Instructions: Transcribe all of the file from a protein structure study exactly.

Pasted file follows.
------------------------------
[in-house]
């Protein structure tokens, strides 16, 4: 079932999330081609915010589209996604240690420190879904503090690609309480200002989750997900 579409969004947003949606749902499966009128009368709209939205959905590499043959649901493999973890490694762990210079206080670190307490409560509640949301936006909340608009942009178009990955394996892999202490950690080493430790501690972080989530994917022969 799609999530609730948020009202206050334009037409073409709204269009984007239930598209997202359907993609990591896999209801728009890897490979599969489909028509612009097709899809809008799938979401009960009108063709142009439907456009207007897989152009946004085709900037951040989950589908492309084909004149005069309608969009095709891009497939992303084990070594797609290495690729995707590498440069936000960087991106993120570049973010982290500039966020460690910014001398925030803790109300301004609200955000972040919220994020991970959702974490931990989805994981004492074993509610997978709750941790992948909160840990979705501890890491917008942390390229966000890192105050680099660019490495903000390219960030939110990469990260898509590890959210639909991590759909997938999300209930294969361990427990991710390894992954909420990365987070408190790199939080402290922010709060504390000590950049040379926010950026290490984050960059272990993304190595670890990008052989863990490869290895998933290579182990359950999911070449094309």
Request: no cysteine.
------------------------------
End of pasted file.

[in-house]
């Protein structure tokens, strides 16, 4: 079932999330081609915010589209996604240690420190879904503090690609309480200002989750997900 579409969004947003949606749902499966009128009368709209939205959905590499043959649901493999973890490694762990210079206080670190307490409560509640949301936006909340608009942009178009990955394996892999202490950690080493430790501690972080989530994917022969 799609999530609730948020009202206050334009037409073409709204269009984007239930598209997202359907993609990591896999209801728009890897490979599969489909028509612009097709899809809008799938979401009960009108063709142009439907456009207007897989152009946004085709900037951040989950589908492309084909004149005069309608969009095709891009497939992303084990070594797609290495690729995707590498440069936000960087991106993120570049973010982290500039966020460690910014001398925030803790109300301004609200955000972040919220994020991970959702974490931990989805994981004492074993509610997978709750941790992948909160840990979705501890890491917008942390390229966000890192105050680099660019490495903000390219960030939110990469990260898509590890959210639909991590759909997938999300209930294969361990427990991710390894992954909420990365987070408190790199939080402290922010709060504390000590950049040379926010950026290490984050960059272990993304190595670890990008052989863990490869290895998933290579182990359950999911070449094309």
Request: no cysteine.